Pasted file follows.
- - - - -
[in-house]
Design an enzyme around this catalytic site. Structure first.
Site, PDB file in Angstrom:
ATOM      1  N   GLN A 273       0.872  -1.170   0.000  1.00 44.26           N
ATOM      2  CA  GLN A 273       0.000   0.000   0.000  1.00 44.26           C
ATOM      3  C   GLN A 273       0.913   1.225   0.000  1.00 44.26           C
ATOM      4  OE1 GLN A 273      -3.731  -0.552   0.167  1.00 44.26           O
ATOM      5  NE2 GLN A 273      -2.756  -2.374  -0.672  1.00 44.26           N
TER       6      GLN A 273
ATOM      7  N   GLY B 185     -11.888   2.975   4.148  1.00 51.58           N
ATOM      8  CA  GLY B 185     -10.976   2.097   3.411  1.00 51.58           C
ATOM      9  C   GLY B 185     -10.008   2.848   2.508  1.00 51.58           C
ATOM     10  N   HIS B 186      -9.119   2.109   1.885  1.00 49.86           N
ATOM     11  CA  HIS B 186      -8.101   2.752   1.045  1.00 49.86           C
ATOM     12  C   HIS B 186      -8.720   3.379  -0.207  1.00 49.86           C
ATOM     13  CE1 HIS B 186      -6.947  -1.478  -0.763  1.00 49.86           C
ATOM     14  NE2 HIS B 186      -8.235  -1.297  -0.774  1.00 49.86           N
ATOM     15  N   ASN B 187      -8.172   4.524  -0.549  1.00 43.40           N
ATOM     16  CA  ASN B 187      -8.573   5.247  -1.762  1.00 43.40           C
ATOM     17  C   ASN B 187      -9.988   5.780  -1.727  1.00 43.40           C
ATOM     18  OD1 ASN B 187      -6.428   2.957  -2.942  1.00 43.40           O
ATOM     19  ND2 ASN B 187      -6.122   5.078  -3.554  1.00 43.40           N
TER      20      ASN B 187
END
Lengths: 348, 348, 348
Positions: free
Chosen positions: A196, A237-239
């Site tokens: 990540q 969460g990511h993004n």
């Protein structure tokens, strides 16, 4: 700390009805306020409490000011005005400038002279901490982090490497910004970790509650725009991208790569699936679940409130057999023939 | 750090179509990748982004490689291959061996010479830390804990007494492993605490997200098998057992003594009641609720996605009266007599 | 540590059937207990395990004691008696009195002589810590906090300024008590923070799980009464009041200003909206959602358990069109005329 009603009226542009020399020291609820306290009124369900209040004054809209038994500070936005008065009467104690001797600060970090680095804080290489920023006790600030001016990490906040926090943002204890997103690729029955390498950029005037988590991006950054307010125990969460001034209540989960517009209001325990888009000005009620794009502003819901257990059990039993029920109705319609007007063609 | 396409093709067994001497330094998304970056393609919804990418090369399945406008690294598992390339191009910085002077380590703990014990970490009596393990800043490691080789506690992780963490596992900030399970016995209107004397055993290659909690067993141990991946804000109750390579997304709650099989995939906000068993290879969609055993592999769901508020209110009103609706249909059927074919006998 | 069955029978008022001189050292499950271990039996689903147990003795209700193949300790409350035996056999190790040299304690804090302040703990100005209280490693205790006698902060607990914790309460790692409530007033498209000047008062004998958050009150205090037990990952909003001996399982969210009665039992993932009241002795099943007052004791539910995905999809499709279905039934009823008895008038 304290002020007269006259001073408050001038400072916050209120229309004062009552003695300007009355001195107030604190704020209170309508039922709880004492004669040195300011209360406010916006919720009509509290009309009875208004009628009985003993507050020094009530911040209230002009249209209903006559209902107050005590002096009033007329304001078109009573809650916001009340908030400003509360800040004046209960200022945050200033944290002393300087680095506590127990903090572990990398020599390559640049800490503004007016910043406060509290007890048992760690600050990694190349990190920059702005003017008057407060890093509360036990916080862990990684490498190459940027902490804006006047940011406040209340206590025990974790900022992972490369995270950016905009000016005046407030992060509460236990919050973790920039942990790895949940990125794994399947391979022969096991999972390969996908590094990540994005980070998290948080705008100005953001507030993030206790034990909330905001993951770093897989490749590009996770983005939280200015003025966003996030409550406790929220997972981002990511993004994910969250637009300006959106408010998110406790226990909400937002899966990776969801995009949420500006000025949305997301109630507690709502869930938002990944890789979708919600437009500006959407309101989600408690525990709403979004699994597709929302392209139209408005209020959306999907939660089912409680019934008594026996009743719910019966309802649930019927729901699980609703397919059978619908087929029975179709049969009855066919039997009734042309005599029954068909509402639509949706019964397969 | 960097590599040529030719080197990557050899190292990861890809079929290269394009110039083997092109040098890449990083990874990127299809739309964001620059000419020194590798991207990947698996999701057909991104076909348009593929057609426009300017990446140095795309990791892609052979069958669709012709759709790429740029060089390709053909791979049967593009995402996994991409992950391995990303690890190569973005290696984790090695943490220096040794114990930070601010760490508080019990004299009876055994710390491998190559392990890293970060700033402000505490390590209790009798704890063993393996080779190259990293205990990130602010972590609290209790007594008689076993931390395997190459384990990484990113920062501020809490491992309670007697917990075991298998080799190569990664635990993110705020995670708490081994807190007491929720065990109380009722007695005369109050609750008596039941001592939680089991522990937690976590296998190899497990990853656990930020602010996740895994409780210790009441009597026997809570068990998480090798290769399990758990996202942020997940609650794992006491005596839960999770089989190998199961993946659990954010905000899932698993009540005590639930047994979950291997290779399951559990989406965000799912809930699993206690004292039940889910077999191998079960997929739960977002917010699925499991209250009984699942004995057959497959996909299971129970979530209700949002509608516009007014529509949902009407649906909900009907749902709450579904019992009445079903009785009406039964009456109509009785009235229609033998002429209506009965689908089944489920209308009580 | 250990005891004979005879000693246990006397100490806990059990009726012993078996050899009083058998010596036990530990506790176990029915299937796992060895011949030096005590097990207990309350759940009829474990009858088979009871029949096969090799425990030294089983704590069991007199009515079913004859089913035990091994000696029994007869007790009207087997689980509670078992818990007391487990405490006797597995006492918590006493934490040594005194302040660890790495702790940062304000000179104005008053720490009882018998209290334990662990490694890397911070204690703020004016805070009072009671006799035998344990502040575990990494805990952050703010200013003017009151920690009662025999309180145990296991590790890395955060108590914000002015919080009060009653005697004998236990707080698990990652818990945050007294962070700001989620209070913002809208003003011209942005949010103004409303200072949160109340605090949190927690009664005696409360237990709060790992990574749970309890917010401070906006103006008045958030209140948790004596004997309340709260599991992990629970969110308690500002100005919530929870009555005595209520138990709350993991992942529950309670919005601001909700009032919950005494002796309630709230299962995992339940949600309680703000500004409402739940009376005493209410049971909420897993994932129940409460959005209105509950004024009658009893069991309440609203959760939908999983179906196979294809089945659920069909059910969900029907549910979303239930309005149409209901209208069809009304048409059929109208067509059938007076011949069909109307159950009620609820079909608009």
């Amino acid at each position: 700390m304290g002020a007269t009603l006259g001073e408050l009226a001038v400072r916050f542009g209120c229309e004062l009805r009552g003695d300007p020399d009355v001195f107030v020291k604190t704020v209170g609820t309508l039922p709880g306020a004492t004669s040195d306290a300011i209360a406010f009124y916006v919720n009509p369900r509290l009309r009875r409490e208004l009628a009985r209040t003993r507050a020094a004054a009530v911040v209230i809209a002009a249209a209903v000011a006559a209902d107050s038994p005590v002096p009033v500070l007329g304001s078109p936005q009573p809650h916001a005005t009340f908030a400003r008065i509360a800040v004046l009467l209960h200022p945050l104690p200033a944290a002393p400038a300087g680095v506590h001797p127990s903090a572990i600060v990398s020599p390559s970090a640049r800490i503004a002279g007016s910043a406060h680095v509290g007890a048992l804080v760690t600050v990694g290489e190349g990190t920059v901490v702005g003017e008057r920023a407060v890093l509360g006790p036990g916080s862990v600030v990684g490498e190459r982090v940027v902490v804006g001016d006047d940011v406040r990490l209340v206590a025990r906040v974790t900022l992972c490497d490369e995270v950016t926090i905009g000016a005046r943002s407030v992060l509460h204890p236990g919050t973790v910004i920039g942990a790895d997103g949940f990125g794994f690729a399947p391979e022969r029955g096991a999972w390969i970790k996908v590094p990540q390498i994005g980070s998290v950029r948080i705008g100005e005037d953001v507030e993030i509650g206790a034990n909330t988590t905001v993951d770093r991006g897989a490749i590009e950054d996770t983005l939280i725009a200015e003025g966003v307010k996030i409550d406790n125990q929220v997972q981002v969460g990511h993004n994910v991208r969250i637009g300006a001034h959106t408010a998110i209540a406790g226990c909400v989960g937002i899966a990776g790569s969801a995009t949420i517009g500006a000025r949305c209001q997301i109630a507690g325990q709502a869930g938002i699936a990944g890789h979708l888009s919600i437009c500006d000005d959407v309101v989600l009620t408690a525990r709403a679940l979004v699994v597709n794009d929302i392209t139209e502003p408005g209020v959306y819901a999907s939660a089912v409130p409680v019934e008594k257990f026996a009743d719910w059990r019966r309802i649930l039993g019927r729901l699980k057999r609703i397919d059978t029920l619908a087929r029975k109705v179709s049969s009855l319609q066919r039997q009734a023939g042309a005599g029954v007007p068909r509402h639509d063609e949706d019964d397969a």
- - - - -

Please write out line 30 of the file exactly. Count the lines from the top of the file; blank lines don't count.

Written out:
């Amino acid at each position: 700390m304290g002020a007269t009603l006259g001073e408050l009226a001038v400072r916050f542009g209120c229309e004062l009805r009552g003695d300007p020399d009355v001195f107030v020291k604190t704020v209170g609820t309508l039922p709880g306020a004492t004669s040195d306290a300011i209360a406010f009124y916006v919720n009509p369900r509290l009309r009875r409490e208004l009628a009985r209040t003993r507050a020094a004054a009530v911040v209230i809209a002009a249209a209903v000011a006559a209902d107050s038994p005590v002096p009033v500070l007329g304001s078109p936005q009573p809650h916001a005005t009340f908030a400003r008065i509360a800040v004046l009467l209960h200022p945050l104690p200033a944290a002393p400038a300087g680095v506590h001797p127990s903090a572990i600060v990398s020599p390559s970090a640049r800490i503004a002279g007016s910043a406060h680095v509290g007890a048992l804080v760690t600050v990694g290489e190349g990190t920059v901490v702005g003017e008057r920023a407060v890093l509360g006790p036990g916080s862990v600030v990684g490498e190459r982090v940027v902490v804006g001016d006047d940011v406040r990490l209340v206590a025990r906040v974790t900022l992972c490497d490369e995270v950016t926090i905009g000016a005046r943002s407030v992060l509460h204890p236990g919050t973790v910004i920039g942990a790895d997103g949940f990125g794994f690729a399947p391979e022969r029955g096991a999972w390969i970790k996908v590094p990540q390498i994005g980070s998290v950029r948080i705008g100005e005037d953001v507030e993030i509650g206790a034990n909330t988590t905001v993951d770093r991006g897989a490749i590009e950054d996770t983005l939280i725009a200015e003025g966003v307010k996030i409550d406790n125990q929220v997972q981002v969460g990511h993004n994910v991208r969250i637009g300006a001034h959106t408010a998110i209540a406790g226990c909400v989960g937002i899966a990776g790569s969801a995009t949420i517009g500006a000025r949305c209001q997301i109630a507690g325990q709502a869930g938002i699936a990944g890789h979708l888009s919600i437009c500006d000005d959407v309101v989600l009620t408690a525990r709403a679940l979004v699994v597709n794009d929302i392209t139209e502003p408005g209020v959306y819901a999907s939660a089912v409130p409680v019934e008594k257990f026996a009743d719910w059990r019966r309802i649930l039993g019927r729901l699980k057999r609703i397919d059978t029920l619908a087929r029975k109705v179709s049969s009855l319609q066919r039997q009734a023939g042309a005599g029954v007007p068909r509402h639509d063609e949706d019964d397969a």